Jeremy Harris started the shooting drills cold, starting 1 of 5, but finished 17 of 20. His shot will be a make-or-break aspect of his game, as he can get to the basket well and thrives in transition thanks to excellent athleticism and long strides. Harris’ plus athleticism and long arms help his defensive prowess. Harris only played 2 years at Buffalo, and will be a worthwhile project for whichever team takes him on. Look for him in the G-League early on. Like many of the players at the PBC, Harris will likely have to carve out a role in the G-League before getting a look in the association.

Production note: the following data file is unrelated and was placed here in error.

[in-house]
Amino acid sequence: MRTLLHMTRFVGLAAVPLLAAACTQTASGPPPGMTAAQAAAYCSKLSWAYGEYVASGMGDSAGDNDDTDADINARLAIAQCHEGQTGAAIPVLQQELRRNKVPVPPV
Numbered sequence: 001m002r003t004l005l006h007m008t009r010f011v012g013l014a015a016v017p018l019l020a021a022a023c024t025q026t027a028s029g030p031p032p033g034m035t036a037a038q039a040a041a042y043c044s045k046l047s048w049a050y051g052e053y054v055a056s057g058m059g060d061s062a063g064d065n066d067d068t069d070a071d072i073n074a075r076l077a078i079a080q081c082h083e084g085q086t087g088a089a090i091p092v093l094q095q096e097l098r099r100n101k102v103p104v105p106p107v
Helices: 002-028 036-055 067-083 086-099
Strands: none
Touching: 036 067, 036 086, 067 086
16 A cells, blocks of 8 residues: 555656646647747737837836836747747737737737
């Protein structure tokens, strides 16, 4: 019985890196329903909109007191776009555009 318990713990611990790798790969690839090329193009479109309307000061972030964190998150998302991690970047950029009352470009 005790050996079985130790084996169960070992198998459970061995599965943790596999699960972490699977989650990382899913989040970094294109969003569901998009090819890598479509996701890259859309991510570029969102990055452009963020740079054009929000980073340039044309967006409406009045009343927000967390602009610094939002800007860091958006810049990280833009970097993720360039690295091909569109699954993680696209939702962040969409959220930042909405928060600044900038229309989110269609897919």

Kenny Williams was a lockdown defender at North Carolina and continued his ways at the PBC. The big advantage for the Day 1 Player of the Day recipient was his jump shot success in shooting drills and in scrimmage. In the shooting drills, they do 3 rounds of 5 shots at each corner. In the college line rounds he was perfect from multiple areas and barely missed. Unfortunately, in the NBA range drill he had several shots go in and out for misses, but the shot looked improved. Against closeouts in the 3-on-3 drills, he was able to score at will as well as get to the basket easily. He has worked relentlessly since the end of the season on his jump shot, which could make him a two way guard that could be in contention for an NBA contract of some sort – whether it be an Exhibit 10, two-way contract, training camp invite, or an NBA deal. To no surprise, Williams’ defense was excellent in the scrimmages, and in the defensive drills he displayed excellent lateral quickness.